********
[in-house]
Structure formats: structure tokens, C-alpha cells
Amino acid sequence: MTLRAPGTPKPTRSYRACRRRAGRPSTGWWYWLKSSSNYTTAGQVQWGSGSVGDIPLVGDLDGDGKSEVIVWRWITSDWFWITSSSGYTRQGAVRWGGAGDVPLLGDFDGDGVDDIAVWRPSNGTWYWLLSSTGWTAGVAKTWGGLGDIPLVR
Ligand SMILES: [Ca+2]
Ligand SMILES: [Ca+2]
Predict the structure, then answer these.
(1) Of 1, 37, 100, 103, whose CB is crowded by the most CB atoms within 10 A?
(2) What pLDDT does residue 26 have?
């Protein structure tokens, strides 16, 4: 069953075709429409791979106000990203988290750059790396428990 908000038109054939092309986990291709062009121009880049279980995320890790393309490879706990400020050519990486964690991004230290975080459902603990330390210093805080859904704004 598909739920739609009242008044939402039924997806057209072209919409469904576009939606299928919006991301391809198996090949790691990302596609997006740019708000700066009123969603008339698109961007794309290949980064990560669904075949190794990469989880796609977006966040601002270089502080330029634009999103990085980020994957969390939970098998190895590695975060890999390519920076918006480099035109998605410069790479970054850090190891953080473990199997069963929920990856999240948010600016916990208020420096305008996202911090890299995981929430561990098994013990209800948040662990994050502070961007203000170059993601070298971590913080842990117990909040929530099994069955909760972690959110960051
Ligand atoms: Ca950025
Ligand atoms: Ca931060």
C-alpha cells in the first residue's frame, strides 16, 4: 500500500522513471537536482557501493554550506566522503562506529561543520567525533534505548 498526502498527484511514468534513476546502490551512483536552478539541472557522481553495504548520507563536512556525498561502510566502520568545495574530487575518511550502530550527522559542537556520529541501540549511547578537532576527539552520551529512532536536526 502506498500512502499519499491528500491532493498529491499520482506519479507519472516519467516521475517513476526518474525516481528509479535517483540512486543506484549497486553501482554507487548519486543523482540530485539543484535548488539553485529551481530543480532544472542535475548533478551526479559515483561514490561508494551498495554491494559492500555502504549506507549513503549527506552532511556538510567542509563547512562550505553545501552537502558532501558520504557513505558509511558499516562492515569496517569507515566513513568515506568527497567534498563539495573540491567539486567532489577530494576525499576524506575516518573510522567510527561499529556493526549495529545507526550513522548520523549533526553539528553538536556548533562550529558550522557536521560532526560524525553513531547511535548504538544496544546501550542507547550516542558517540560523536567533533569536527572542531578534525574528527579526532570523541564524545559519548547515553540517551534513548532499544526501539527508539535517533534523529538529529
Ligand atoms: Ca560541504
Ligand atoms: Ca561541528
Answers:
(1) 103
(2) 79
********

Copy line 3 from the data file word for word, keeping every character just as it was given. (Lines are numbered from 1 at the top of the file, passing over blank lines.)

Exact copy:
Amino acid sequence: MTLRAPGTPKPTRSYRACRRRAGRPSTGWWYWLKSSSNYTTAGQVQWGSGSVGDIPLVGDLDGDGKSEVIVWRWITSDWFWITSSSGYTRQGAVRWGGAGDVPLLGDFDGDGVDDIAVWRPSNGTWYWLLSSTGWTAGVAKTWGGLGDIPLVR